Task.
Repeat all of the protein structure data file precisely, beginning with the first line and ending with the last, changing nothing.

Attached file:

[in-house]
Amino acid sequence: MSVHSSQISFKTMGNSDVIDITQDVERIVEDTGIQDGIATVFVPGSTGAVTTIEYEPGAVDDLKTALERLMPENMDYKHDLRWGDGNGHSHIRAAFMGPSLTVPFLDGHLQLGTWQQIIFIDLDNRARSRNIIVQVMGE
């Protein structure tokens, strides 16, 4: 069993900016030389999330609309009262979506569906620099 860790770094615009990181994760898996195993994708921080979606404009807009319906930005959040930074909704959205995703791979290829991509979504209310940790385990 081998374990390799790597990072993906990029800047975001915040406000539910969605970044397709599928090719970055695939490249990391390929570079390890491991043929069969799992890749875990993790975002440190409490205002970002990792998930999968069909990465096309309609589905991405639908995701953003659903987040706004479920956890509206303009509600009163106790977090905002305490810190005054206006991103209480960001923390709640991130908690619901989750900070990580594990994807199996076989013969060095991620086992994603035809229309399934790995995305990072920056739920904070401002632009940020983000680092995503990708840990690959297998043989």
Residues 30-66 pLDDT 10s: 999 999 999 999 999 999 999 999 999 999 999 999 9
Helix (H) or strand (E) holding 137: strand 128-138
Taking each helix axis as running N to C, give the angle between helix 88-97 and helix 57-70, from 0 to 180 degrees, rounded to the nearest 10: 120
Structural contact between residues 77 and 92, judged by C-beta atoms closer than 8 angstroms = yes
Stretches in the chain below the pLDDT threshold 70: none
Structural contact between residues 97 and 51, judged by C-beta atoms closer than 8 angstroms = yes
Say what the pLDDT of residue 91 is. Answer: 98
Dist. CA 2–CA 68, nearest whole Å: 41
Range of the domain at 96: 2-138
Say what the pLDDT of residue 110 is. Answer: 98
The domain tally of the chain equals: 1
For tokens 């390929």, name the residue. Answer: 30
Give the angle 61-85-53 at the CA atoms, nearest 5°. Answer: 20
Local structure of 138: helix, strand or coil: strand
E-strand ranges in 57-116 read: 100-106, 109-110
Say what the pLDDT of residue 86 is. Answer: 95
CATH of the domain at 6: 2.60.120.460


[in-house]
Amino acid sequence: MSVHSSQISFKTMGNSDVIDITQDVERIVEDTGIQDGIATVFVPGSTGAVTTIEYEPGAVDDLKTALERLMPENMDYKHDLRWGDGNGHSHIRAAFMGPSLTVPFLDGHLQLGTWQQIIFIDLDNRARSRNIIVQVMGE
């Protein structure tokens, strides 16, 4: 069993900016030389999330609309009262979506569906620099 860790770094615009990181994760898996195993994708921080979606404009807009319906930005959040930074909704959205995703791979290829991509979504209310940790385990 081998374990390799790597990072993906990029800047975001915040406000539910969605970044397709599928090719970055695939490249990391390929570079390890491991043929069969799992890749875990993790975002440190409490205002970002990792998930999968069909990465096309309609589905991405639908995701953003659903987040706004479920956890509206303009509600009163106790977090905002305490810190005054206006991103209480960001923390709640991130908690619901989750900070990580594990994807199996076989013969060095991620086992994603035809229309399934790995995305990072920056739920904070401002632009940020983000680092995503990708840990690959297998043989």
Residues 30-66 pLDDT 10s: 999 999 999 999 999 999 999 999 999 999 999 999 9
Helix (H) or strand (E) holding 137: strand 128-138
Taking each helix axis as running N to C, give the angle between helix 88-97 and helix 57-70, from 0 to 180 degrees, rounded to the nearest 10: 120
Structural contact between residues 77 and 92, judged by C-beta atoms closer than 8 angstroms = yes
Stretches in the chain below the pLDDT threshold 70: none
Structural contact between residues 97 and 51, judged by C-beta atoms closer than 8 angstroms = yes
Say what the pLDDT of residue 91 is. Answer: 98
Dist. CA 2–CA 68, nearest whole Å: 41
Range of the domain at 96: 2-138
Say what the pLDDT of residue 110 is. Answer: 98
The domain tally of the chain equals: 1
For tokens 């390929």, name the residue. Answer: 30
Give the angle 61-85-53 at the CA atoms, nearest 5°. Answer: 20
Local structure of 138: helix, strand or coil: strand
E-strand ranges in 57-116 read: 100-106, 109-110
Say what the pLDDT of residue 86 is. Answer: 95
CATH of the domain at 6: 2.60.120.460